BROOM I know I praised the movie for being only half-fictional, earlier, so maybe it sounds like I’m being hypocritical, but I think it goes together: this movie felt like it was serving a documentary function, to me, rather than a more characteristically “artistic” function. And I’m happy for that, in a way, I feel like this is a nice way to convey things. It’s sort of a spiritual documentary; “think about this type of situation; we’re not going to talk about specifics.” But that’s a different experience from watching a profound work of art.

BETH I feel like it had a lot in common with a Disney cartoon. It had a message; it wasn’t subtle about it, it didn’t have a gentle touch. It wanted to get a specific point across. It was predictable in the way that cartoons are.

BROOM You’re talking about Mickey Mouse cartoons, or edutainment cartoons?

BETH I’m talking about Disney feature films; even contemporary ones, though I’m not sure I would draw parallels with Zootopia…

ADAM But like Lilo and Stitch.

BETH Yeah, or Finding Nemo or something like that.

ADAM Yeah, it had a Finding Nemo quality.

BROOM The plot was the same, sort of.

BETH It’s like, “You know she’s going to find her son, right?” And of course she is.

ADAM What’s another movie where one character is searching for the other character and they just miss each other, like three times?

BETH Well, Pee-Wee’s Big Adventure, where he’s looking for his bike and he passes it on the highway…

ADAM What’s that movie where one character goes over the hill right when the other one’s coming over?

BROOM That happens all the time! It happens so all the time that when it happened in this movie, it didn’t even register. It didn’t make even a single tick on the dramatic earthquake sensor in my head. We’re watching this to think about kids in Europe, and the story stuff is just the same old stuff. That close-call thing probably happened on the vaudeville stage all the time. My grandmother knew about that. “Oh, I’m afraid I must be going, I can’t stay any longer, Mrs. Smith! Goodbye!” “Goodbye!” “Ah, I’ve looked everywhere in the city for my wife!”

[we read the New York Times review]

BROOM So do you think that praise is through war-colored glasses?


ADAM Clearly.

BETH And how could it not be? Everyone was affected by this big thing.

BROOM I’m just suspicious of that. Even as I was affected by parts of this movie, I’m suspicious about that impulse to be moved by the thing that one is supposed to be moved by in this historical moment.

BETH I don’t think it was because he was supposed to be, I think he just naturally was because he too was traumatized, in whatever way.

BROOM But when you heard that they were making — what was that movie called?

ADAM Flight 93.

BROOM Exactly! When you heard they were making that, didn’t you feel something like “I get what you’re doing, but…”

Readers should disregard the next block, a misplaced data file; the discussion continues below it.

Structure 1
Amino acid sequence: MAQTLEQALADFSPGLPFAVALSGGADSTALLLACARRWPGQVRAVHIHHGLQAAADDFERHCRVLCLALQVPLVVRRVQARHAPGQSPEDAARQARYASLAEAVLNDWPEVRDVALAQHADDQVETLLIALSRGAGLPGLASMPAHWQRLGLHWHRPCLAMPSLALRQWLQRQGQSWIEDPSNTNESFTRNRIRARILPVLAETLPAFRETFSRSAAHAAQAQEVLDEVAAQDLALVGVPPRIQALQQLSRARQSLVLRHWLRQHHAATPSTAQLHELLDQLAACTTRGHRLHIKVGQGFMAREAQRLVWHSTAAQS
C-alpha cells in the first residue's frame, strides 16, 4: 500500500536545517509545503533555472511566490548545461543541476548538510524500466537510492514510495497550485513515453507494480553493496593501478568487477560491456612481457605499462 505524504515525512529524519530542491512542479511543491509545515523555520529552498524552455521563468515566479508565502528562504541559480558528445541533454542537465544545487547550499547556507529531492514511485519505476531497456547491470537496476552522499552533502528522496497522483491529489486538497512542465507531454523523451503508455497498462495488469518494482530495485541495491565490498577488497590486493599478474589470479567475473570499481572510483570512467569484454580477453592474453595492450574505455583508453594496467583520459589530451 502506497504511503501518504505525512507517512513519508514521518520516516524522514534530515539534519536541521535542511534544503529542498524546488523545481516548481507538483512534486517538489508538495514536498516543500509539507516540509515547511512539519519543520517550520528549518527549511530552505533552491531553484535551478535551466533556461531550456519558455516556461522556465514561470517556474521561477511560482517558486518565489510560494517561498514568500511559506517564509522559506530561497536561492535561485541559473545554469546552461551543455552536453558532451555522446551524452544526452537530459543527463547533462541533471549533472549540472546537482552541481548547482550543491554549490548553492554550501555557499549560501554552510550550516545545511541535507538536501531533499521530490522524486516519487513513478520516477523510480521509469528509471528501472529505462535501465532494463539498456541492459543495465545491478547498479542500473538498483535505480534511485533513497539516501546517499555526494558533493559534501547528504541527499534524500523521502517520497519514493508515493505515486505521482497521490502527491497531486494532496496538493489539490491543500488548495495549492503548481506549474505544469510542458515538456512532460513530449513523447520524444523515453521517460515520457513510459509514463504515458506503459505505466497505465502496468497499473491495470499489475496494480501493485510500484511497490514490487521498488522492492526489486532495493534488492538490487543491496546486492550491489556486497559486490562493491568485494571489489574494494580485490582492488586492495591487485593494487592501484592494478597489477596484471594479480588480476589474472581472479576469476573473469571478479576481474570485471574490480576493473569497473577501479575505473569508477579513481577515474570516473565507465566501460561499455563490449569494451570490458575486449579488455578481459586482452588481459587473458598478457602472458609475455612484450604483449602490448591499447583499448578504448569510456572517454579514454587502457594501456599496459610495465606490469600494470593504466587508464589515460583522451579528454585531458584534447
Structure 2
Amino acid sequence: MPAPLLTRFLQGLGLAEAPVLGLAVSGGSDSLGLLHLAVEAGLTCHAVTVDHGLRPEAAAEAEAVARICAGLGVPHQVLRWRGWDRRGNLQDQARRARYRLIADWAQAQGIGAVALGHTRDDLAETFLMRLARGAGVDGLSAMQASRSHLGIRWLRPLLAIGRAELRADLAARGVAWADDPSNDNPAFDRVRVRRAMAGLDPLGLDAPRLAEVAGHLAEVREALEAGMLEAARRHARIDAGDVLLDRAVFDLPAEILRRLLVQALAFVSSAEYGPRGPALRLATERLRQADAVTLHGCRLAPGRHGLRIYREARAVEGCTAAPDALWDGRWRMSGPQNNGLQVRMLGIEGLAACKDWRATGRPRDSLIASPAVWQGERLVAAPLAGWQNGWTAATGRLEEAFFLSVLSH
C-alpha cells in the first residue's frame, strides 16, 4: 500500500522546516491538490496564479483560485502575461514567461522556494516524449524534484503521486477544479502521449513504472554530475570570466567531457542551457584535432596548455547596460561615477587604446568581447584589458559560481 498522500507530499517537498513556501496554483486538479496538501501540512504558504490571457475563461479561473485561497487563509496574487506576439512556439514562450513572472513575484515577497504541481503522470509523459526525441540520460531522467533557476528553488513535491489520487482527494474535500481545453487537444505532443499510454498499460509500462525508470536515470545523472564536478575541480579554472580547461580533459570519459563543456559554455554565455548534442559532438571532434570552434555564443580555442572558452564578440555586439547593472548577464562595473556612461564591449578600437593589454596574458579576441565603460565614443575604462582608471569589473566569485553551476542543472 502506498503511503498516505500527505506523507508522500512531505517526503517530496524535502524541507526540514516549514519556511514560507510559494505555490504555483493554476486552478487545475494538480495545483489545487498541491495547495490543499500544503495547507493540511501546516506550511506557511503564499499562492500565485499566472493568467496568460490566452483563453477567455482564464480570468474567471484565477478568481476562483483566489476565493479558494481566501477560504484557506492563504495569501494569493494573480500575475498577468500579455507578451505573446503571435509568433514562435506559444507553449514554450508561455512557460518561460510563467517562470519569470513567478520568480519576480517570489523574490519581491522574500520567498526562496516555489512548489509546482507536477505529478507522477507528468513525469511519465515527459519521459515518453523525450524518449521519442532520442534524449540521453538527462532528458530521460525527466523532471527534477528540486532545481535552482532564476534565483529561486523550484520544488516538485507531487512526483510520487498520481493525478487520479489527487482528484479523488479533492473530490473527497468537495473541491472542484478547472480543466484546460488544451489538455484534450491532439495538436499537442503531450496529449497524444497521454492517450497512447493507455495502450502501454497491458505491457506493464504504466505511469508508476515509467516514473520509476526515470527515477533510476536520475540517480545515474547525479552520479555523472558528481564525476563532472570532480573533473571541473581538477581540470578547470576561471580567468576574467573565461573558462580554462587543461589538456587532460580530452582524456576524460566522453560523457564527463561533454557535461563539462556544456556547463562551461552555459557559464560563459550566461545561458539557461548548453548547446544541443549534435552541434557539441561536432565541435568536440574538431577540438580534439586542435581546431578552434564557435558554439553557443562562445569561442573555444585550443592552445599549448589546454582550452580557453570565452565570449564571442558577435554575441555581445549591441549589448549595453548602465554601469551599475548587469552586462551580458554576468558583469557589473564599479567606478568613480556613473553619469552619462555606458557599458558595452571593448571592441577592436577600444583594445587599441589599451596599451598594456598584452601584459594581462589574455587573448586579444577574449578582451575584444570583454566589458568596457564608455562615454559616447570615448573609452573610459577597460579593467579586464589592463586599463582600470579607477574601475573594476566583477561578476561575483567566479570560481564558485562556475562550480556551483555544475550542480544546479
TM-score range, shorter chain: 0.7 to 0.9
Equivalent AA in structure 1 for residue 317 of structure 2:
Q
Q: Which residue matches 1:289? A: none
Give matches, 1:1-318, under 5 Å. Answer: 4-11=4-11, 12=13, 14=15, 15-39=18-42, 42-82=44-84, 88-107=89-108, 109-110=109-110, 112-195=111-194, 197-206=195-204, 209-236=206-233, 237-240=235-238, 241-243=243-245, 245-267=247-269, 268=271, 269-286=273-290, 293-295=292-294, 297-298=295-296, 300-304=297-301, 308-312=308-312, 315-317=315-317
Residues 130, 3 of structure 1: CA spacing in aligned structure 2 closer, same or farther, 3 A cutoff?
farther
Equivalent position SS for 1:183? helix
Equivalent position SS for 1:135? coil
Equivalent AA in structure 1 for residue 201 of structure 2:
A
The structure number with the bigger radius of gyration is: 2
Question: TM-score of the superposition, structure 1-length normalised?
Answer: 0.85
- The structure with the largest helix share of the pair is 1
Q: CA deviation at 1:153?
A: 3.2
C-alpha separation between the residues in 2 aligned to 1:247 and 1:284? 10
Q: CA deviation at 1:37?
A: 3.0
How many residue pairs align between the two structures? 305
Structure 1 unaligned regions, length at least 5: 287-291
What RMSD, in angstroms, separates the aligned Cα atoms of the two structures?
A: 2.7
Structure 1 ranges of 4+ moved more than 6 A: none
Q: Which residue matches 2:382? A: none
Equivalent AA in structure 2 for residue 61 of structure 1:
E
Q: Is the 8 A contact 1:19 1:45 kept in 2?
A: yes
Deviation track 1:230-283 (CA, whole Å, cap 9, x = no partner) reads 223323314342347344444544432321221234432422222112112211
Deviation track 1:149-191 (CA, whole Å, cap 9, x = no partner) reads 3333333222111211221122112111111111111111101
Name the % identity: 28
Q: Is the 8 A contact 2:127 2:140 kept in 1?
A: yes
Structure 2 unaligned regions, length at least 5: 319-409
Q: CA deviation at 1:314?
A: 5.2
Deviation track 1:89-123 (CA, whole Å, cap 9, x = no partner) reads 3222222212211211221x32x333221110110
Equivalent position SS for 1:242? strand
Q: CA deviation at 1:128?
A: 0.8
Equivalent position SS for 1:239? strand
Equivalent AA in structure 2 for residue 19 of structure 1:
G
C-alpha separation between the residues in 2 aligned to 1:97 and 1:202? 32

BETH Yeah. And that’s why no one saw that movie.

ADAM Lots of people saw that movie.

BETH Well. It’s not like a movie that anyone rents now. And I guess The Search isn’t a movie that anyone rents now.

BROOM We could do Flight 93 in a double feature with Hotel Rwanda.

BETH A masochistic afternoon.

ADAM You could do those with Team America: World Police.

Last lines in film:

– Karel-e!
– Maminka!


A complete radio broadcast of the 21st Academy Awards is known to exist somewhere out there, but I can’t find it online. Luckily, there’s also an archival film version, apparently complete, uploaded by the Academy here in what seems to be its entirety.

That’s right! This is the first one you can really sit back and watch like it’s Oscar night! Throw a party! Break out the hors d’oeuvres, the themed drinks, and place your bets on who’s gonna win!

Or you can just watch the salient clip for our purposes:

Very clearly, there is no acceptance speech. But who is the man who claims the Oscars? Deborah Kerr seems to be telling us that “––– will accept the award for the film.” Unfortunately the orchestra seems to believe the award has gone to King Kong so the name isn’t audible. (Something like “Ingdar Penninfeld.”)

(Later, when Ivan Jandl wins a special award for best juvenile performance, director Fred Zinnemann accepts, and we can see that he is clearly not the same man who accepted the writing award.)

Give it your best shot, everyone. This must be resolved.

March 15, 2016

Disney Canon #55: Zootopia (2016)


[This screenshot and the one at the bottom of the page are from the trailer, not the actual film. They’ll be replaced whenever the next entry in this series goes up. (The Big Hero 6 placeholder images have just now been upgraded to the real thing.)]

Full spoilers (and other kinds of spoilage) throughout. The reader is firmly advised to have seen Zootopia — now in theaters — before proceeding.

ADAM I thought that was high-class all the way. Solid quality, and pleasing. I’m happy to elaborate on that.

BETH I also liked it very much. I don’t know where I’m landing in terms of how it falls in the canon, but I was really into it. Those are my opening thoughts; we will all elaborate.

BROOM I had a very complicated reaction; I’m not sure I can make a one-sentence opening statement. I wanted to hash it out in conversation. I don’t know what it adds up to in one sentence. And maybe no reaction to a movie is really one sentence. So I’m not going to fake like I have one sentence.